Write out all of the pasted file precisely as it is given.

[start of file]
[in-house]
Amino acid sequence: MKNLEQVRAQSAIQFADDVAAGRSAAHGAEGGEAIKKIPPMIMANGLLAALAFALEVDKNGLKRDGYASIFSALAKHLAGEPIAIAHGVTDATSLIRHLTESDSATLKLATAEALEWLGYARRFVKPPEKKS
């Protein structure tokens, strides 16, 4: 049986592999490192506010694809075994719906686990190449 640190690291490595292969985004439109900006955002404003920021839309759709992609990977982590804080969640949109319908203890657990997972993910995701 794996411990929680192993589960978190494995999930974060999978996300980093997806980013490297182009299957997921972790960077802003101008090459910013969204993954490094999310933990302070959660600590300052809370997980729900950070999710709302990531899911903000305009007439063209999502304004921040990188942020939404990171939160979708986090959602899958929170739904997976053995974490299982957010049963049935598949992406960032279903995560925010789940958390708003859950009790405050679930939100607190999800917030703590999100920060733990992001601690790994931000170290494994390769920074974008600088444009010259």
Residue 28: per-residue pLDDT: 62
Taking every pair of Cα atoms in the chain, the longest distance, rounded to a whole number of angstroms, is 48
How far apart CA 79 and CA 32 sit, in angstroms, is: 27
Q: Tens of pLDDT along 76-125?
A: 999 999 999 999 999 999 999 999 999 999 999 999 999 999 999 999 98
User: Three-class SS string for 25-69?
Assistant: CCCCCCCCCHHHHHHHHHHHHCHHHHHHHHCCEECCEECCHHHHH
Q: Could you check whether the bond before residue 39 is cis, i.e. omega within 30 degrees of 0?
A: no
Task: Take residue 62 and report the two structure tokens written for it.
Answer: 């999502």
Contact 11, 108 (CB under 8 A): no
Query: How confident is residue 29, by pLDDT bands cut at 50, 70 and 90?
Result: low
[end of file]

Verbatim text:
[in-house]
Amino acid sequence: MKNLEQVRAQSAIQFADDVAAGRSAAHGAEGGEAIKKIPPMIMANGLLAALAFALEVDKNGLKRDGYASIFSALAKHLAGEPIAIAHGVTDATSLIRHLTESDSATLKLATAEALEWLGYARRFVKPPEKKS
């Protein structure tokens, strides 16, 4: 049986592999490192506010694809075994719906686990190449 640190690291490595292969985004439109900006955002404003920021839309759709992609990977982590804080969640949109319908203890657990997972993910995701 794996411990929680192993589960978190494995999930974060999978996300980093997806980013490297182009299957997921972790960077802003101008090459910013969204993954490094999310933990302070959660600590300052809370997980729900950070999710709302990531899911903000305009007439063209999502304004921040990188942020939404990171939160979708986090959602899958929170739904997976053995974490299982957010049963049935598949992406960032279903995560925010789940958390708003859950009790405050679930939100607190999800917030703590999100920060733990992001601690790994931000170290494994390769920074974008600088444009010259």
Residue 28: per-residue pLDDT: 62
Taking every pair of Cα atoms in the chain, the longest distance, rounded to a whole number of angstroms, is 48
How far apart CA 79 and CA 32 sit, in angstroms, is: 27
Q: Tens of pLDDT along 76-125?
A: 999 999 999 999 999 999 999 999 999 999 999 999 999 999 999 999 98
User: Three-class SS string for 25-69?
Assistant: CCCCCCCCCHHHHHHHHHHHHCHHHHHHHHCCEECCEECCHHHHH
Q: Could you check whether the bond before residue 39 is cis, i.e. omega within 30 degrees of 0?
A: no
Task: Take residue 62 and report the two structure tokens written for it.
Answer: 């999502």
Contact 11, 108 (CB under 8 A): no
Query: How confident is residue 29, by pLDDT bands cut at 50, 70 and 90?
Result: low